Mistake or murder?

On average, 37 children die in the US every year by being left in hot cars. Some are left purposely, in the same way as one might leave a dog, by well meaning but busy parents who underestimate the time they’ll be away and the incredible speed with which temperatures can rise to fatal levels. The police said that when 22-month old Cooper Harris died that why, it was for a far darker reason. But were they right?

In July 2012 a video showing a man locked inside a car as temperatures rose to deadly levels went viral. In just thirty minutes, the temperature rose from 95°F to 117°F, and you can see from the video below the incredible discomfort that a healthy, fit adult finds himself in.

Dr Ernie Ward, a North Carolina veterinarian, made the video to highlight the dangers of leaving pets locked in hot cars. As Ward says, it’s a lousy way to die, and Ward relates a story in which he observed a dog locked in a car outside his own clinic starting to suffer from the heat. The well-meaning owner had popped into the clinic for two minutes to pick something up, but two stretched into ten, and then into fifteen. It’s a lousy but all too easily preventable way to die.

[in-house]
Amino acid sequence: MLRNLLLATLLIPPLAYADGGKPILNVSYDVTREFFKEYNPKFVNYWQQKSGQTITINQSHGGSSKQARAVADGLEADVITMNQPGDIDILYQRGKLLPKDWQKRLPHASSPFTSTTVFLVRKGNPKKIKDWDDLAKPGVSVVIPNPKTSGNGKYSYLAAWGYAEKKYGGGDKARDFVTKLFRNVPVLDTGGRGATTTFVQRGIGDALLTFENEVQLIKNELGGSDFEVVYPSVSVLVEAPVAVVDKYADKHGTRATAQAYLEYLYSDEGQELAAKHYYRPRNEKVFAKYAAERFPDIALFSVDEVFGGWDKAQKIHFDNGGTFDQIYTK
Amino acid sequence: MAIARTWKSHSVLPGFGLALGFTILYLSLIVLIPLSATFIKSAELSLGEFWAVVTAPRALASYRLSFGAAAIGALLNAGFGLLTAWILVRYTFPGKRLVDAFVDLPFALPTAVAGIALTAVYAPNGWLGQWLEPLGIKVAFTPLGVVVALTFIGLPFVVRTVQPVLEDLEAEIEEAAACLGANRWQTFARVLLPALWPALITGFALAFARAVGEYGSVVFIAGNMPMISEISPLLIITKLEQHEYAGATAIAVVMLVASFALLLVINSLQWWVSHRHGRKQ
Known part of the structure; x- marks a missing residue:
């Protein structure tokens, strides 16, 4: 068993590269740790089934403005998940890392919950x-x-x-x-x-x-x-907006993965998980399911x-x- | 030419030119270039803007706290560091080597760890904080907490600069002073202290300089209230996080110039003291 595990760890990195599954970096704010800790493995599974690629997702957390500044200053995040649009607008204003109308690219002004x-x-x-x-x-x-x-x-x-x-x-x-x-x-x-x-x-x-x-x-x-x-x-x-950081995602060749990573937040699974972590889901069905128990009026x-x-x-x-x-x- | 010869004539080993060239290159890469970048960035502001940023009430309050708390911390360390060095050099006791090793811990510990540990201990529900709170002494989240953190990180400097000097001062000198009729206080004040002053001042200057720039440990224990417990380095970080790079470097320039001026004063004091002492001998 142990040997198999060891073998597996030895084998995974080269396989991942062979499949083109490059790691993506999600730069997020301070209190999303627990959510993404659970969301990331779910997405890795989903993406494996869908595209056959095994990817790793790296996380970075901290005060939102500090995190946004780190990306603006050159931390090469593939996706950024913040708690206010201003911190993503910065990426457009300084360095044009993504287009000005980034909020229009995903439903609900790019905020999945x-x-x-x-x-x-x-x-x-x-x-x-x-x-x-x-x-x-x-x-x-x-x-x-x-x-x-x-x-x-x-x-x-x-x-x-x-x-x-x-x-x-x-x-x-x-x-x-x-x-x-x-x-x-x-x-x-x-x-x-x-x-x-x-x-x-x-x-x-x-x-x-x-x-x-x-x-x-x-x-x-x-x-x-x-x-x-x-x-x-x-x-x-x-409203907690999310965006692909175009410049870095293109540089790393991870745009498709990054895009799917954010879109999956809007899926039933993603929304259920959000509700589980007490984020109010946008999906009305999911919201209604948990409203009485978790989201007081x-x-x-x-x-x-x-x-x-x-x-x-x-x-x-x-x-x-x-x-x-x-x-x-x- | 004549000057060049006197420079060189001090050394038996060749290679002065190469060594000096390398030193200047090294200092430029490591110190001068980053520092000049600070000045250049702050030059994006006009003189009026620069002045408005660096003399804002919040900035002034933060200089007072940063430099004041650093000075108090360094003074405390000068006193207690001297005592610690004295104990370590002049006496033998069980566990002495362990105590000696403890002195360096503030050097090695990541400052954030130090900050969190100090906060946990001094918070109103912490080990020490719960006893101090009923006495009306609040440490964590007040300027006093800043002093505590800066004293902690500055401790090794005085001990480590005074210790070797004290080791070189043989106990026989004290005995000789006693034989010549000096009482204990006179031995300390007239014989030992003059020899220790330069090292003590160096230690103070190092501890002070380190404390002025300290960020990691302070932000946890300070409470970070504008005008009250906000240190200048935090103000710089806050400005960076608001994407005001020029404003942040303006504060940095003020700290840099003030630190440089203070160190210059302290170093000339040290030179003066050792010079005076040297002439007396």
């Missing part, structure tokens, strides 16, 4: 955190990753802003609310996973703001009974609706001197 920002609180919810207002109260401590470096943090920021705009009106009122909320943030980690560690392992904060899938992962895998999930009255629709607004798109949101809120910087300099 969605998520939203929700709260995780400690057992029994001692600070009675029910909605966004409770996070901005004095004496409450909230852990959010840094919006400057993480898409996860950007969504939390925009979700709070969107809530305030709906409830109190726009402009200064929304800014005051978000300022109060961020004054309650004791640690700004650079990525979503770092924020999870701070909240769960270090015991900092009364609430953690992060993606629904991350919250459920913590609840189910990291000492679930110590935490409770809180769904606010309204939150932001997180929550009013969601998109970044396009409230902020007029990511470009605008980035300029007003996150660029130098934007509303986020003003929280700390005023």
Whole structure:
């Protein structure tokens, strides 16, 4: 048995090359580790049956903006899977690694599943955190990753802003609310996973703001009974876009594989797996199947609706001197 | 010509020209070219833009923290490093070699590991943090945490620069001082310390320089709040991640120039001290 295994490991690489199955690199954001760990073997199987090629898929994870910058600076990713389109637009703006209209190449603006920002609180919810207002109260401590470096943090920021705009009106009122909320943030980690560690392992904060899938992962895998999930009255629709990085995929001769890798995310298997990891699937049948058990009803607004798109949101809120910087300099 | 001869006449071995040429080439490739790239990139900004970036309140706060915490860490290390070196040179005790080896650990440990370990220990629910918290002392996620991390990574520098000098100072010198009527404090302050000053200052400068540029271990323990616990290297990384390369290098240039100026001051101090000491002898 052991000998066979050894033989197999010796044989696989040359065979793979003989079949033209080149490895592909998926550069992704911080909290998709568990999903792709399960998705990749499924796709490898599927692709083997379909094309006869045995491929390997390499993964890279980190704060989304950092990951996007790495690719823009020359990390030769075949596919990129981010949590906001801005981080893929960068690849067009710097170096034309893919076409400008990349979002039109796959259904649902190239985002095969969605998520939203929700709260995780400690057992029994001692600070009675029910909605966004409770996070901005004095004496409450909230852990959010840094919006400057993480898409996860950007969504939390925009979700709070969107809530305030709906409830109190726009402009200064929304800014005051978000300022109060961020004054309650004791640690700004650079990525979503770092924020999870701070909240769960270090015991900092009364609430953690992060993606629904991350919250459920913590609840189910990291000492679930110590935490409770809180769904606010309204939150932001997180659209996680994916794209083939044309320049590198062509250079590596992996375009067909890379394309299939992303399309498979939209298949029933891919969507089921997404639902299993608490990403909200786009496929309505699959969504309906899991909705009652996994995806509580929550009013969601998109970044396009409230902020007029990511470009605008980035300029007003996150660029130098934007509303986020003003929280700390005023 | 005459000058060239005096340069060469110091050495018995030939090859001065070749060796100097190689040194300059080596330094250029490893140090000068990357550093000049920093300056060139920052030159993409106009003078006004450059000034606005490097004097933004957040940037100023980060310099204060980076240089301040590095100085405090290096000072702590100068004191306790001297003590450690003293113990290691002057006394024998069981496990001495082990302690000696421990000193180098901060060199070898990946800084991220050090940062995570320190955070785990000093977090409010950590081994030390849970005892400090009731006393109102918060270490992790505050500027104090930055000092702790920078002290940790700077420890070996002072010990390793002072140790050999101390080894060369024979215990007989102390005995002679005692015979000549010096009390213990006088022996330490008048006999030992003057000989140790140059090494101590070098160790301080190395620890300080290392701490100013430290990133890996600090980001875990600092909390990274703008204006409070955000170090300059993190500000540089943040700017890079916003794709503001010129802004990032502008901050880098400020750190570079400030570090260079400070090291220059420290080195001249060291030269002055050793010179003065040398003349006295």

On average, 37 children die the same way in the United States every year. Some are left purposely, in the same way as the dog above, by well meaning but busy parents who underestimate the time they’ll be away and the incredible speed with which temperatures can rise to fatal levels. 

In August 2018, Garland County Circuit Judge Wade Naramore was acquitted of negligent homicide over the death of his son Thomas, who was a week short of being eighteen months old. He’d been locked in a car for five hours as his father went to work and then ran errands for his upcoming fifth wedding anniversary. Thomas’ core body temperature was determined to be 107.2°F, against a normal temperature of 98.6°F. As part of his defence, the judge’s sister-in-law admitted that she had twice forgotten her own child had been inside the car whilst driving and only remembered once she’d parked up.